Today was filled with a wonderful spread of theories, passions and exuberant ideas. Some of our very own close colleagues and students were there, including Bruce Manciagli and Hannah King who were both excellent speakers at the event. I was honored to see them there and watch their passions show through their words. At the end of the conference we had a reflection and I realized that social enterprises, social innovations and high impact nonprofits are not always fully understood due to the changing and blurring of lines, at least in my perspective. I think it is a wonderful time to be involved in this sector and I see myself more and more every day doing something in this area. I love it because everyone can do it, well not everyone. But if you have a dream, you can do it. With a little hard work, some networking to find the right people and times of trial and error your dreams can become a reality. This sector is changing the way business is done and how it is thought about. By having conferences like NESI and starting these conversations with the right people about what can be fixed and improved then we may have a chance to really make a difference.
My experience at TAC continues to be very beneficial as I continue to learn more about social entrepreneurship and the different aspects of non-profits. The past few weeks have been very interesting in the way that I am able to work with a team and I am able to contribute to the development of Voices For Florida, a project directed by Linda Alexionok. In order to contribute, I am required to think critically and apply my knowledge of Social- Entrepreneurship into the development of the project.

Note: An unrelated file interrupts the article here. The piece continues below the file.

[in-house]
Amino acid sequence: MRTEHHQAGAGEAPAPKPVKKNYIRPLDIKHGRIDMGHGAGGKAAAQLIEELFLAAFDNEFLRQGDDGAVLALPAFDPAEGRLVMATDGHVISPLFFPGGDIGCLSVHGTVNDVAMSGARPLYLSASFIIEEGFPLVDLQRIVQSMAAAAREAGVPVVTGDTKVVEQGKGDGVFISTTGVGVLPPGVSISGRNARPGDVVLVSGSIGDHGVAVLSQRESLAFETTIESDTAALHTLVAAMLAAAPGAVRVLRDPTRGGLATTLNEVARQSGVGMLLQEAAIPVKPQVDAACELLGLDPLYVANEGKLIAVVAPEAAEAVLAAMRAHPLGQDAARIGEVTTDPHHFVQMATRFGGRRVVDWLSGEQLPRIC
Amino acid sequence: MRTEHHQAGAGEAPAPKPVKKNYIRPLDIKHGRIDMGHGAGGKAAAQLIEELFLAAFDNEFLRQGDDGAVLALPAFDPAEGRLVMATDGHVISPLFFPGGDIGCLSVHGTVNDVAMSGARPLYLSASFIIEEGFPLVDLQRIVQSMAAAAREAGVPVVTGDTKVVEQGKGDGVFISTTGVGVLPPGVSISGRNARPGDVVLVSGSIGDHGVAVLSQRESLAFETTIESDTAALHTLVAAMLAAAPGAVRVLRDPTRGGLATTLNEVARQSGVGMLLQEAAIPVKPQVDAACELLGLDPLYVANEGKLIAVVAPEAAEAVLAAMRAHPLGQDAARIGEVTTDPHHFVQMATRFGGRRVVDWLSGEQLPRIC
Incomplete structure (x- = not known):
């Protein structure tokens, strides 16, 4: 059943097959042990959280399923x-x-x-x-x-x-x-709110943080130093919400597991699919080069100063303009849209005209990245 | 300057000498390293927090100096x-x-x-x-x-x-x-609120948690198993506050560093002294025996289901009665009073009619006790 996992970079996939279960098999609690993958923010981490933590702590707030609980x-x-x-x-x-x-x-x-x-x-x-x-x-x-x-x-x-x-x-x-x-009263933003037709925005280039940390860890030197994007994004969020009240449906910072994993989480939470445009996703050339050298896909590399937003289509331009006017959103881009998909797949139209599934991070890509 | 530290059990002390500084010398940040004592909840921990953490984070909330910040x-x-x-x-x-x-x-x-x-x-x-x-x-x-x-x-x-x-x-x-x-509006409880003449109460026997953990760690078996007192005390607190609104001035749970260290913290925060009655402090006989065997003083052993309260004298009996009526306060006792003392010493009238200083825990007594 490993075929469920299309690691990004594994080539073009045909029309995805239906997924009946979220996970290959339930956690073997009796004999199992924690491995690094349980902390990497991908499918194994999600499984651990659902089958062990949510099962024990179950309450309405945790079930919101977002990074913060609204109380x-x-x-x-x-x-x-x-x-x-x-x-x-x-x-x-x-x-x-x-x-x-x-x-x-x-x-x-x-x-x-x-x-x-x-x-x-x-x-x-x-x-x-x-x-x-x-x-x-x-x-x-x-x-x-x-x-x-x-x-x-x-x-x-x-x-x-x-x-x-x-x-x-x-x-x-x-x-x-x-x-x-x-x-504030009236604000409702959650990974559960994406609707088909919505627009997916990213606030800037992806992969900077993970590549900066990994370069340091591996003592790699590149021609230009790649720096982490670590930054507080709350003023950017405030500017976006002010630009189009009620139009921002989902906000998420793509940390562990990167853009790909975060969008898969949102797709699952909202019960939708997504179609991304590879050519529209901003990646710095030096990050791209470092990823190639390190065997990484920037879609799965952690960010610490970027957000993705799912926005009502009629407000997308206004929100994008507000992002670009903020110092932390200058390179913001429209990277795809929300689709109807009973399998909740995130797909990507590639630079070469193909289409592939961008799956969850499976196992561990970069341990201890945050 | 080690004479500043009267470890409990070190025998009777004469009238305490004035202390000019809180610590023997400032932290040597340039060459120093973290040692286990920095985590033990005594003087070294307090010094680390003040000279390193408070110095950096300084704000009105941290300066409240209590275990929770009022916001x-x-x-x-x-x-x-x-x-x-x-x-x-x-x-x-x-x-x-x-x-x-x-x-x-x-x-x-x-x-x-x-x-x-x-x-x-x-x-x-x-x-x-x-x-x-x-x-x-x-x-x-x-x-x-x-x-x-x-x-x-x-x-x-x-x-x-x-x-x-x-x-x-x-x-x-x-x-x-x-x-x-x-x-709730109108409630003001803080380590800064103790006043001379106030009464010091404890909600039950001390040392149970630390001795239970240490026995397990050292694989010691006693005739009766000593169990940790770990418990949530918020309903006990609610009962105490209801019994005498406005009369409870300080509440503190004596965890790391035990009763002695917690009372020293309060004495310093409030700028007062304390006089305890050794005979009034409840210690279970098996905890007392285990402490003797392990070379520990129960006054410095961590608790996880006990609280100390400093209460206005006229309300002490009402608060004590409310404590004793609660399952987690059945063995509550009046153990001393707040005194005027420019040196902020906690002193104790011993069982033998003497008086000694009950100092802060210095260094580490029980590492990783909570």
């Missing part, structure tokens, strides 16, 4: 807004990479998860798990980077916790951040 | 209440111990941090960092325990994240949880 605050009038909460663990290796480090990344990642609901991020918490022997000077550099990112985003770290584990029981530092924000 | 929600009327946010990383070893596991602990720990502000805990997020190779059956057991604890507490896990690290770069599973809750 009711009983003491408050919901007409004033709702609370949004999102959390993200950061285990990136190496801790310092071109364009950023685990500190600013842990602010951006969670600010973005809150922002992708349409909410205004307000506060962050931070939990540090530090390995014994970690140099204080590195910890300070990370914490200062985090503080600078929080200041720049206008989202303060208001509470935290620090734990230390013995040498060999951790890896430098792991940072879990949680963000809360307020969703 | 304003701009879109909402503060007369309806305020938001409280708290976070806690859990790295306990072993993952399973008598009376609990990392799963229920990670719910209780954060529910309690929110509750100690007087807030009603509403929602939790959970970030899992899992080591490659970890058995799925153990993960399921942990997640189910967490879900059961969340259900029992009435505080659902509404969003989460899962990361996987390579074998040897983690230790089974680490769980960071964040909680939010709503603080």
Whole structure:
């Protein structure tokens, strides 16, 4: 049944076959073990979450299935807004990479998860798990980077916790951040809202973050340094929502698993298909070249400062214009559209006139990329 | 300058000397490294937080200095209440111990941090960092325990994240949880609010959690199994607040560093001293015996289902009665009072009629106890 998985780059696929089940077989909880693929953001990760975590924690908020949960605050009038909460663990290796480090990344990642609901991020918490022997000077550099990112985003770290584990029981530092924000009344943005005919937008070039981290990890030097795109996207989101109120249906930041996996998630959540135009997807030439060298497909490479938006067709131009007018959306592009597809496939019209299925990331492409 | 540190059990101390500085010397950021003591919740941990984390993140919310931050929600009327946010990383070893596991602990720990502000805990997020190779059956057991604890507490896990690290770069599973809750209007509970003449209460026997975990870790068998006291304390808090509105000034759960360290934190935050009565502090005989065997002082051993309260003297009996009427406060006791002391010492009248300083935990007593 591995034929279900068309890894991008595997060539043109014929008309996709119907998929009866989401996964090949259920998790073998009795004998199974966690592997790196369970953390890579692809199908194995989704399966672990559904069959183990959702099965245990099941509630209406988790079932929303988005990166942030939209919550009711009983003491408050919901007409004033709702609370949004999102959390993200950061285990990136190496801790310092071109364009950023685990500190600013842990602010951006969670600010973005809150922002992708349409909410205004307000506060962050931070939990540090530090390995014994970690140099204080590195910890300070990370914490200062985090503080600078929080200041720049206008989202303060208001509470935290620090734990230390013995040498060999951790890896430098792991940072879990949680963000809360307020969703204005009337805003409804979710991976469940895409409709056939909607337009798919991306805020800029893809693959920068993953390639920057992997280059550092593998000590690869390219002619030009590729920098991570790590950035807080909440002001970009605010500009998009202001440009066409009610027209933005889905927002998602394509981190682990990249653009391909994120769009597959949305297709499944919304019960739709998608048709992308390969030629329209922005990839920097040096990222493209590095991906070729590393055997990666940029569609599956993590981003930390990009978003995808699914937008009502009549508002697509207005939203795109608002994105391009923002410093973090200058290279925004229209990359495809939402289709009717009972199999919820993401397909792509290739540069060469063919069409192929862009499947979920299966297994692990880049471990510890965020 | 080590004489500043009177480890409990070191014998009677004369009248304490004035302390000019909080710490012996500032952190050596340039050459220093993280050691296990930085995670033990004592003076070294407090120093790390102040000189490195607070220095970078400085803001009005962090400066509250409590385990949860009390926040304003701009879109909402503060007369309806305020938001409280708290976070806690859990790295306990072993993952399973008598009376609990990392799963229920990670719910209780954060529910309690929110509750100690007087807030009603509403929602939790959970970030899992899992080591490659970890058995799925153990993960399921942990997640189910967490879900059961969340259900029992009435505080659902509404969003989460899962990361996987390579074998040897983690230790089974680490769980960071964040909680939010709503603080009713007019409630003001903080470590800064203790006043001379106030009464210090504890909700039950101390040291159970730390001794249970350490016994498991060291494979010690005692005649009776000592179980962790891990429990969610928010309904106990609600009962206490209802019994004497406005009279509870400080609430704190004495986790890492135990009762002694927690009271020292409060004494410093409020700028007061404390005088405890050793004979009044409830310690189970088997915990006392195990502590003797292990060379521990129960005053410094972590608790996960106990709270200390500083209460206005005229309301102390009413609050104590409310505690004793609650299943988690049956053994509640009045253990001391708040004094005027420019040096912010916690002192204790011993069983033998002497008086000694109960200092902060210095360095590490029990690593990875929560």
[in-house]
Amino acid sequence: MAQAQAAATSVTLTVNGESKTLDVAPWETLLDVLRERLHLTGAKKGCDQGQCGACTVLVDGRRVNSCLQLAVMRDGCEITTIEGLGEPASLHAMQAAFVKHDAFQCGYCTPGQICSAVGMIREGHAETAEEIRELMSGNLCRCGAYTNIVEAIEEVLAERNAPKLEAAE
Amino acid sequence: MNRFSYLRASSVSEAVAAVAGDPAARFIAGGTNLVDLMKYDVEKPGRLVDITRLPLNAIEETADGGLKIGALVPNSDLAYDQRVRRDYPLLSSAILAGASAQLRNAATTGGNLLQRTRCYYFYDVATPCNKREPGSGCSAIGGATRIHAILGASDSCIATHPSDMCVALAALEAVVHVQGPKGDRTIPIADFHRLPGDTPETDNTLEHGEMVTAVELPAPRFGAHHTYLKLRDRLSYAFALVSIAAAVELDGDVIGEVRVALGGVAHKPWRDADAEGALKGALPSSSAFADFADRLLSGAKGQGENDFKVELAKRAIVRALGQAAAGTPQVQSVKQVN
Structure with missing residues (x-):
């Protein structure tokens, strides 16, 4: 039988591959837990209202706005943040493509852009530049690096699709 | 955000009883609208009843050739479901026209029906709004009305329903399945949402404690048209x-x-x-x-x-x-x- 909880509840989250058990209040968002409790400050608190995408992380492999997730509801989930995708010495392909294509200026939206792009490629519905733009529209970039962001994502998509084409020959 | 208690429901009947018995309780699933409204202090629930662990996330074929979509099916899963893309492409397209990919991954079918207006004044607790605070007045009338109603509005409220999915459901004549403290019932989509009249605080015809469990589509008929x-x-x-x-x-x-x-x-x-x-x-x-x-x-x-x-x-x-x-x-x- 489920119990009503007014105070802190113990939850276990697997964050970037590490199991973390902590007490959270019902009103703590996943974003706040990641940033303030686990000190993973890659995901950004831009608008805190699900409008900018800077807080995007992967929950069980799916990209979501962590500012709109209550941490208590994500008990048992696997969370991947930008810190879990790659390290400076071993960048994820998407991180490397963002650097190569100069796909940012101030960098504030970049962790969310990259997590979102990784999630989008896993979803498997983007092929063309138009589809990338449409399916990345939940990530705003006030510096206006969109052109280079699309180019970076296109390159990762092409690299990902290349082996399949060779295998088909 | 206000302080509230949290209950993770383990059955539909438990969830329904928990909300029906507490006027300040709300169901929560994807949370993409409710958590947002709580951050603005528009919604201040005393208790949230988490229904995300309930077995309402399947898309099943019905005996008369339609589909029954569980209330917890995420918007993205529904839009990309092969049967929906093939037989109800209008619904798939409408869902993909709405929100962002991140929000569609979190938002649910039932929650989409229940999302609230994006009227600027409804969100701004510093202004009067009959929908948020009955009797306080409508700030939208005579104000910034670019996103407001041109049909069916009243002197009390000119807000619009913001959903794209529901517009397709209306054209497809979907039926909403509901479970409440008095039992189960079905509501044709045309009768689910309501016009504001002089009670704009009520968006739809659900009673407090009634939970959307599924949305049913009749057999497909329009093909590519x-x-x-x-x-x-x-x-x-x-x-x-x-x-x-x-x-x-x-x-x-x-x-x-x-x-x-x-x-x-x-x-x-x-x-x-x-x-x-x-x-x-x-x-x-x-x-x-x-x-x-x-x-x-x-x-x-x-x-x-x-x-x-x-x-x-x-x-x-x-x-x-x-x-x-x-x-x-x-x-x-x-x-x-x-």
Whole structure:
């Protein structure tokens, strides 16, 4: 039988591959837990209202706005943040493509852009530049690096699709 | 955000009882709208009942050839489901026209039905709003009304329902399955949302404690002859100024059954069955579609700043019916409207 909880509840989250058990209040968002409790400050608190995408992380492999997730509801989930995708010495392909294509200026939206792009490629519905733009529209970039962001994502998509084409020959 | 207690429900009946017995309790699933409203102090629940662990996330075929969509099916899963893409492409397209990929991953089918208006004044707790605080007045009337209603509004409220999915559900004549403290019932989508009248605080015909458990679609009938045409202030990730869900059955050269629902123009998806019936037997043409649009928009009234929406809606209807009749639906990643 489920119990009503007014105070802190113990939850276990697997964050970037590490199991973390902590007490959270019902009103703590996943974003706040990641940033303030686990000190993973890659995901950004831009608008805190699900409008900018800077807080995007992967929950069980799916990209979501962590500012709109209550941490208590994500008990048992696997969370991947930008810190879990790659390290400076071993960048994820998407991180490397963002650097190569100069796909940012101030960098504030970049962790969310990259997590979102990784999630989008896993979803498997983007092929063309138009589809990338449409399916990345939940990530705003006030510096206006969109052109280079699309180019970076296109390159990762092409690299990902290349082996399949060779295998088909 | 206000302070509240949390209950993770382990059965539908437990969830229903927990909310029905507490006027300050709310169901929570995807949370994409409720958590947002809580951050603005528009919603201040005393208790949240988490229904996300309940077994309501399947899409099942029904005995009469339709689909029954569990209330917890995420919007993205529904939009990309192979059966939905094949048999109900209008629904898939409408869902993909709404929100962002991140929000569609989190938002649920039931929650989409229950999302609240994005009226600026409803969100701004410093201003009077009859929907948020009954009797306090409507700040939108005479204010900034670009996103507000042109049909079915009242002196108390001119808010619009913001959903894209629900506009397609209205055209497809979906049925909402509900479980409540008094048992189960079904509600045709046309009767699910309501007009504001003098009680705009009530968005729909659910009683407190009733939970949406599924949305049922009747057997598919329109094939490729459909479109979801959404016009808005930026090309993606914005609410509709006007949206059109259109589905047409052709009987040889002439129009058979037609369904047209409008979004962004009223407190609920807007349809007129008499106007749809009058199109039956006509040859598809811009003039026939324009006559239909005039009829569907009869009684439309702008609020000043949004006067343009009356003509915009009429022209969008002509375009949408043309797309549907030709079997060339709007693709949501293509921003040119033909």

For my assignment, I am teamed up with my partner Jaqueline, a Sociology student at Florida State University. Working with her has been very interesting because she is able to apply what she knows about sociology into the project we work on. together we are working on a logic model that follows the W.K. Kellogg Foundation’s logic model as a way to organize the resources in place to operate the program, the activities planned, and the intended results from the activities.
Furthermore, Jaqueline and I have been assigned to work on the current definitions of the 5 C’s, which are elements essential to creating social change in the community. The 5 C’s currently include community engagement, credible experts, consensus, continuity of resources, and continual improvement. However, after a lot of thought and consideration, we decided to narrow the elements down into 3 C’s (actions) and 2 E’s (actors). The Actors include Experts and the Engaged Community. The actions include Consensus, Cross Sector Collaboration, and Continual Improvement. Narrowing down to 3 C’s and 2 E’s allows us to better understand the process in which change is made for Florida’s children and families. I am looking forward to seeing what the next few months have to offer and how the project continues to develop.
Gardens and Change, that’s the topics that have been at the office at FAVACA these past few weeks. My time with FAVACA has been immensely insightful and diverse to say the least. What I love about my development intern position at FAVACA is the variety of projects and areas I get to work in. My main role as a program coordinator is to recruit volunteers for international projects and ensure everything they need to travel is completed. Our work at FAVACA however is never limited to our international projects.
FAVACA takes the knowledge from it’s agriculture programs abroad and use that expertise for local projects in our community. So as I work to place volunteers in Haiti, the Dominican Republic, and Jamaica, I also work with Tallahassee elementary schools to bring innovation and impact locally. FAVACA is looking to expand the work it does in Tallahassee and I am fortunate enough to be part of the team during this time.
These past few weeks I have been researching rooftop gardens all over the country and programs that teach children about agriculture and enterprises. With this knowledge, FAVACA is taking an effective model and innovating it right here in Tallahassee. Throughout the rest of the semester I will be researching, planning, and fundraising with the team at FAVACA and school teachers to begin community gardens at local elementary schools.
Because most of the work we do at FAVACA is international, it is very rewarding to do local work as well where I can see the immediate impact of our efforts!
FSU Social Entrepreneurship & Innovation interns blog about their experiences.